Review and photos by Mike Bax
Featuring Milky Chance, Elle King, X-Ambassadors (main stage) along with The Zolas, JJ & The Pillars, The Franklin Electric and Mickey Loves Mallory
One of the best things about Edge 102.1 has always been their ability to showcase a diversity of up-and-coming talent alongside some of the established great performers that most of these very same acts would call their peers. This evening was a true immersion into the realm of a new musical experience for me, the only act I knew AT this event was Elle King. The other six musicians on the bill I had zero knowledge of, prior to walking into the venue.
Tonight was my first time at Echo Beach – a wonderful atmosphere for seeing a band – an outdoor environment allowing for a mid-sized capacity live music experience with a main stage set-up facing west that keeps the CN tower in the background of a musician’s entire performance. An intimate second stage set up in a similar fashion as patrons entered the venue showcased Mickey Loves Mallory (4:55pm), JJ & The Pillars (5:25pm), The Franklin Electric (5:55pm) and The Zolas (6:35pm). All of these bands bristled with an air of musicality that is signature Edge 102.1 fodder, boasting an ability to deliver their material in a live fashion, as well as an eclectic range of musical styles.
With an EP of original material on the horizon, ambient electronica duo Mickey Loves Mallory started with a short set of material as patrons were just starting to enter the venue. Thankfully, their compelling music beckoned to the festival’s early arrivers, to witness some of their heartfelt material. JJ & The Pillars (the side stage band I enjoyed the most on this evening) belted out a five song set of high energy rock and roll that was really easy on the ears. Mixing elements of folk, rockabilly and pop-punk, JJ & The Pillars made it all look so easy – a true testament to musicians with some genuine chemistry.
The Franklin Electric, already celebrated on Edge 102.1 as a band to watch for, illustrated exactly WHY they have been capturing the ears of music fans along Highway 401, as they delivered an equally expressive short set of material to a thickening crowd of attendees. The Zolas also delivered a high octane set of up-tempo pop-rock. They were energetic, and fun to watch, but I found their sound was a bit off. Not really knowing their source material makes this assessment a bit unfair, to be sure. However, I did hear a few people around me questioning whether the band was having sound problems. Regardless, it didn’t seem to dampen the spirits of the band, who played through a thirty-minute set that ran into the start of X-Ambassadors on the main stage. This was most likely due to a late start for The Zolas stemming from some sound challenges that the crew could be seen trying to remedy before the band started playing as well as during their performance.
It took all of one song to show why X-Ambassadors are quickly becoming a household name across North America. Frontman Sam Harris and his brother Casey Harris (keyboards) along with Noah Feldshuh and Adam Levin deliver a level of musical energy and showmanship that most bands can only dream of delivering. Over the span of 40 minutes the four-piece band touched on moments of anthemic sing-along medleys, dirty beats dance music and indie pop, with saxophone solos. Again, didn’t know a single song, but I have to say I enjoyed the X Ambassadors immensely; a big sound from a (soon to be) big band.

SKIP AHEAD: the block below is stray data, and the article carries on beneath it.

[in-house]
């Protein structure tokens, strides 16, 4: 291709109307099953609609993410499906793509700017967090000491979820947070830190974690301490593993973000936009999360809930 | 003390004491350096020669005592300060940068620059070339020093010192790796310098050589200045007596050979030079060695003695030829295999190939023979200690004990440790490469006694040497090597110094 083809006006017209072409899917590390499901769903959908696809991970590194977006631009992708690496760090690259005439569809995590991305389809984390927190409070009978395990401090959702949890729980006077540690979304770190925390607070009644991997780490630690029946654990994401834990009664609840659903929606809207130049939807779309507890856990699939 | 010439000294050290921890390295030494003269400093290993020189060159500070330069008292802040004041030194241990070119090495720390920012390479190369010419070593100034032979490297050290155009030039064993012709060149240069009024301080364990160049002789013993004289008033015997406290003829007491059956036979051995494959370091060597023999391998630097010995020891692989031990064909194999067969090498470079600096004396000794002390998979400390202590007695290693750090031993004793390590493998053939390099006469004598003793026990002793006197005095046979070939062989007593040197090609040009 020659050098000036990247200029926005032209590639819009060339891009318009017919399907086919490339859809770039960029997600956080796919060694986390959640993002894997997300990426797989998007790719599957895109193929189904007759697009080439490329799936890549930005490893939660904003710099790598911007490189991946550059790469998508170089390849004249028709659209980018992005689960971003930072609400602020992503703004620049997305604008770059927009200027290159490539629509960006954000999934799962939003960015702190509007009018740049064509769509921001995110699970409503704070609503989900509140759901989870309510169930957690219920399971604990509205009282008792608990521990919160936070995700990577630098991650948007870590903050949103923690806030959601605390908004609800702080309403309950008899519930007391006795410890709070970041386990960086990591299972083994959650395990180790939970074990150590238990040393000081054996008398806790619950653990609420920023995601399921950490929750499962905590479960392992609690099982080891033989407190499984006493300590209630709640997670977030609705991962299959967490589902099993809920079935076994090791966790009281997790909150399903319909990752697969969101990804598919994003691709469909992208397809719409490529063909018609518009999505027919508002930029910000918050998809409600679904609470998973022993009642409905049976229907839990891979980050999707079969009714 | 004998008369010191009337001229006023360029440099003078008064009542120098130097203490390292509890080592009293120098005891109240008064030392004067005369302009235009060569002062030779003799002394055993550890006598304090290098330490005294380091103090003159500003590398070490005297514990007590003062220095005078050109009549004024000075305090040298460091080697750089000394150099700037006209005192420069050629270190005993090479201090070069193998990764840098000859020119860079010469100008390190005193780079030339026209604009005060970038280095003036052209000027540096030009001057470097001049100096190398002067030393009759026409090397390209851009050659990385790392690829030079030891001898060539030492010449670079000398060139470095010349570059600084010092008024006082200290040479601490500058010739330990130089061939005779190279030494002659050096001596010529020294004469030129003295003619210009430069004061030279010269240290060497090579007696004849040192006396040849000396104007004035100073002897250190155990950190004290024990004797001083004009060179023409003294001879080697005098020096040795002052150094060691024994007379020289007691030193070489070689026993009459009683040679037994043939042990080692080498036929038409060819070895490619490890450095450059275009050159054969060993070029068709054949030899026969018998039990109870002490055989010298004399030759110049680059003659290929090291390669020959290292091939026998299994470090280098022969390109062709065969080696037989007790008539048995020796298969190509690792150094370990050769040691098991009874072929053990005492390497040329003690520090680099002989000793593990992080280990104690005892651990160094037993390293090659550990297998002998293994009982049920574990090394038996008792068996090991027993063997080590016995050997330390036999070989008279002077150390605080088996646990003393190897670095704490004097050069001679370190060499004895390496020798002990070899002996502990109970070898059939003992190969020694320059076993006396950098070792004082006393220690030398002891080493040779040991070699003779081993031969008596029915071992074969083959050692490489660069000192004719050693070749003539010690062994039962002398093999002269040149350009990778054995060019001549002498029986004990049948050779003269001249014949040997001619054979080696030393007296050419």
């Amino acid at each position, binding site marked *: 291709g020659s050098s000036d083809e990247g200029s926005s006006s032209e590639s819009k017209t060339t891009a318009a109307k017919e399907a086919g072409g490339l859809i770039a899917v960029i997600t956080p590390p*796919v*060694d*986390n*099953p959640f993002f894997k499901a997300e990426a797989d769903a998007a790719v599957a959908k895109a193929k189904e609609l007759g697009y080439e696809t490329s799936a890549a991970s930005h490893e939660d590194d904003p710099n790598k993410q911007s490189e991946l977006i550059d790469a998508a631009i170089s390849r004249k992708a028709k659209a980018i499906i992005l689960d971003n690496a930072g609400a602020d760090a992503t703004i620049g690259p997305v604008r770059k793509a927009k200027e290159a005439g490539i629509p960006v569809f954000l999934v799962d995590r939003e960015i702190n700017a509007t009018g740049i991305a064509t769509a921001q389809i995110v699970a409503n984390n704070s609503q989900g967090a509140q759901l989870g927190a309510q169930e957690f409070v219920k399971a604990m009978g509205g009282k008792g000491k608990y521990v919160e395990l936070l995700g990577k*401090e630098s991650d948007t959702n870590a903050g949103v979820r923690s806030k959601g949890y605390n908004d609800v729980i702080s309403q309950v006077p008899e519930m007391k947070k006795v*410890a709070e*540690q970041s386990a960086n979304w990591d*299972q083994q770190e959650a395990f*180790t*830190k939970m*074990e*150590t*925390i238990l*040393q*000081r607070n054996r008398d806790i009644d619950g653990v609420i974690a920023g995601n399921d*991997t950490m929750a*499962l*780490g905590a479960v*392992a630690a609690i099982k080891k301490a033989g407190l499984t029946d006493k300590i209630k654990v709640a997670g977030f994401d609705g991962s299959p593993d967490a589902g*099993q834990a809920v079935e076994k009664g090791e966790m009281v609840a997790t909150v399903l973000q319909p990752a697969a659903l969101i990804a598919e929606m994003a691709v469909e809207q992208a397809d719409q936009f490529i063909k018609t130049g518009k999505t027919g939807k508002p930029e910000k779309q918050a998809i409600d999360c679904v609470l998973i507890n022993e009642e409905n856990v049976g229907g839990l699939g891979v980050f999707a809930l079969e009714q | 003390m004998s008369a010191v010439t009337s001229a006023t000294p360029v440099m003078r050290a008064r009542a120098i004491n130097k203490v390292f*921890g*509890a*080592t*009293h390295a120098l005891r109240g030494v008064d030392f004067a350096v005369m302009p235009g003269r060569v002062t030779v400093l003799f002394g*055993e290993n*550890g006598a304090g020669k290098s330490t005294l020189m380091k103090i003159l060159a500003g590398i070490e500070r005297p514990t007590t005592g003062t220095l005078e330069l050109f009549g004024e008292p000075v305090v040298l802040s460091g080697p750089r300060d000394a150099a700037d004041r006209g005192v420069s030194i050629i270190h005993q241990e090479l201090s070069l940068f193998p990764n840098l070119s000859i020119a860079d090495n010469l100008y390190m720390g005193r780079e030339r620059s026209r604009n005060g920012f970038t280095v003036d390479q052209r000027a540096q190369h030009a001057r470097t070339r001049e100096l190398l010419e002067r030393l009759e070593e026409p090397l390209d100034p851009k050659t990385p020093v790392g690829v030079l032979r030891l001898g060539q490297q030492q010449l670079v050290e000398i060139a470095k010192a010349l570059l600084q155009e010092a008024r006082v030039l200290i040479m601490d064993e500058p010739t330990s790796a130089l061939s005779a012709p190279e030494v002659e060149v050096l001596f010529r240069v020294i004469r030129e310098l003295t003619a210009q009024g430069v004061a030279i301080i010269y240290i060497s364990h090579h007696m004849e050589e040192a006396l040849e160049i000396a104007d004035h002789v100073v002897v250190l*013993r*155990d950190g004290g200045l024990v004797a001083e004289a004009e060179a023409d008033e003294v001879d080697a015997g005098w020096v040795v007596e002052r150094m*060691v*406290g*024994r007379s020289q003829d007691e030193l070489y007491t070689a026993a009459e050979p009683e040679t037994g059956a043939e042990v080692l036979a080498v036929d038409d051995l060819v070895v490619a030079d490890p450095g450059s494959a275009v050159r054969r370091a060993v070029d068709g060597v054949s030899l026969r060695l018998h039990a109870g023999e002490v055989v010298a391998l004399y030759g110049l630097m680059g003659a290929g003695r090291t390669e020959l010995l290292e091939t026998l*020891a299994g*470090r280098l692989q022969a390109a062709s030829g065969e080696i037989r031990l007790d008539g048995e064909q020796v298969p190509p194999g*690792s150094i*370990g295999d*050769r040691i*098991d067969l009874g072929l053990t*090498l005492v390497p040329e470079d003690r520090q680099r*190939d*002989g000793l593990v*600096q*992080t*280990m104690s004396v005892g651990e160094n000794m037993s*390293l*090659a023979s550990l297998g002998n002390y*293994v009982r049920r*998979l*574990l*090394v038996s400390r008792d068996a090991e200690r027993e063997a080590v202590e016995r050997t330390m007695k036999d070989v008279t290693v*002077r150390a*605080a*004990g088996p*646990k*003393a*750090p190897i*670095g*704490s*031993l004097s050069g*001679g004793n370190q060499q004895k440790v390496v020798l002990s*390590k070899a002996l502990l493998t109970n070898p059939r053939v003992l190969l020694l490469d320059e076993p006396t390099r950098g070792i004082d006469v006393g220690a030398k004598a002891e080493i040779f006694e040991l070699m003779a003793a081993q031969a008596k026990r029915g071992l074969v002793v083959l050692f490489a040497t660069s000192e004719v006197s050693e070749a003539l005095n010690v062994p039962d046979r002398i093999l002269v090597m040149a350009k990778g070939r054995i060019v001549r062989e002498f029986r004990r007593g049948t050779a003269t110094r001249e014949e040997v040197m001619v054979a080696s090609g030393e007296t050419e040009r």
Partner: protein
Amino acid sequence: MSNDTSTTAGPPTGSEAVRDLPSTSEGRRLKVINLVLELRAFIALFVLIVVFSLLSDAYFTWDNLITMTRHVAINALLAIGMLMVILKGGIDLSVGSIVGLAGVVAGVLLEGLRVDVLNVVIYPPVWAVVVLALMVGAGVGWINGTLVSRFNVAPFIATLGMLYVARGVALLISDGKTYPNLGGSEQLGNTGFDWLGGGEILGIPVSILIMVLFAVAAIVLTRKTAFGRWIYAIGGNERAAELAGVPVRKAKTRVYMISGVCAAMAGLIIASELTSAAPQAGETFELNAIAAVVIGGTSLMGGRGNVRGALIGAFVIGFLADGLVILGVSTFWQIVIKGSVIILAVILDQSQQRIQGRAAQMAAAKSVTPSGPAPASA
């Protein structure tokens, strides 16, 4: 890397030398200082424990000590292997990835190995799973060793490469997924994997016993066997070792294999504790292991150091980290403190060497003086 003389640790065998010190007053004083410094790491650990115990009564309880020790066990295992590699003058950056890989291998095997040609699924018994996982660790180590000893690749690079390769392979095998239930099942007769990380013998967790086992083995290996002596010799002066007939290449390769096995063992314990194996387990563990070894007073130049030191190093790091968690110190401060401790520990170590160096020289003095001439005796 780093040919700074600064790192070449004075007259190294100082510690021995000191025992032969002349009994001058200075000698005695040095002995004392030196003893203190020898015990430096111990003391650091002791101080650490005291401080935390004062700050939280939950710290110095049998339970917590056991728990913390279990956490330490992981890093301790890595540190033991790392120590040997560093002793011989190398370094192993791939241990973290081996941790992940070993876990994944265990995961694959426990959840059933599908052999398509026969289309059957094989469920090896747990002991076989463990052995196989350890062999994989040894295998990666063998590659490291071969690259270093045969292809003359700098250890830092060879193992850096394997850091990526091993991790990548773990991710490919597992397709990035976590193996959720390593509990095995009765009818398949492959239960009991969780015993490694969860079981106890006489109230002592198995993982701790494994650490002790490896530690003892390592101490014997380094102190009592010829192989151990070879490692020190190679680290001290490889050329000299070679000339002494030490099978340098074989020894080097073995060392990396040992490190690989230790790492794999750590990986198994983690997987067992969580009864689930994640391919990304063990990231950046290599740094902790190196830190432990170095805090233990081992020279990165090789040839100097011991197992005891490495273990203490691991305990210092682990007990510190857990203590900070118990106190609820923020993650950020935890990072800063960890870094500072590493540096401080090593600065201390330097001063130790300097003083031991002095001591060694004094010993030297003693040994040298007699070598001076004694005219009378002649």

In a very short time, Elle King has been quickly cementing her musical awesomeness in both Canada and her native United States of America. She performed on this evening, only eight weeks after her sold out Drake Hotel performance in early June. While this particular set was similar to the Drake show, the fact that there were twenty times as many people watching her perform elevated the experience significantly. King performed for an hour, spewed her adoration of our Canadian shores (and attractive tattooed men) performing the majority of her debut album along with a wonderful cover of ‘Oh Darling’ by The Beatles and her take on ‘My Neck, My Back (Lick It)’ by Khia (which surely got more than a few people talking). Elle King is, quite simply, awesome. I can’t say for sure if a gaggle of Milky Chance fans went home enlightened by her musical moxy last night or not. It sure felt like it.
I’m STILL not sure what to make of Milky Chance. To me, their music sounds like the love child of Bob Dylan and Paul Simon, with some Reggae/EDM thrown in for good measure. It’s a musical combination my mind wasn’t quite prepared for, and I found it took me a few songs to ‘get’ where the band was coming from. The prominently young female audience in attendance LOVED them, with countless women tossing their sandals aside and dancing in the sand with wild abandon. Cast against an interesting backdrop of tribal dream catchers and rune covered totems, the three-piece band did an effective job keeping the Echo Beach crowd engaged for the duration of their set. Kudos to the spiralling lights and smoky ambience that shrouded the band through a good portion of their performance.
Edgefest ONE was a great night out. It captured the essence of what the radio station has always represented to me – a diversification in musical styles and audience. Both were well represented on this night. I’m curious to see how next week’s ‘somewhat heavier’ Edgefest TWO (featuring Incubus, The Deftones and The Bots) goes down. AND how many of this night’s crowd will be in attendance for next week.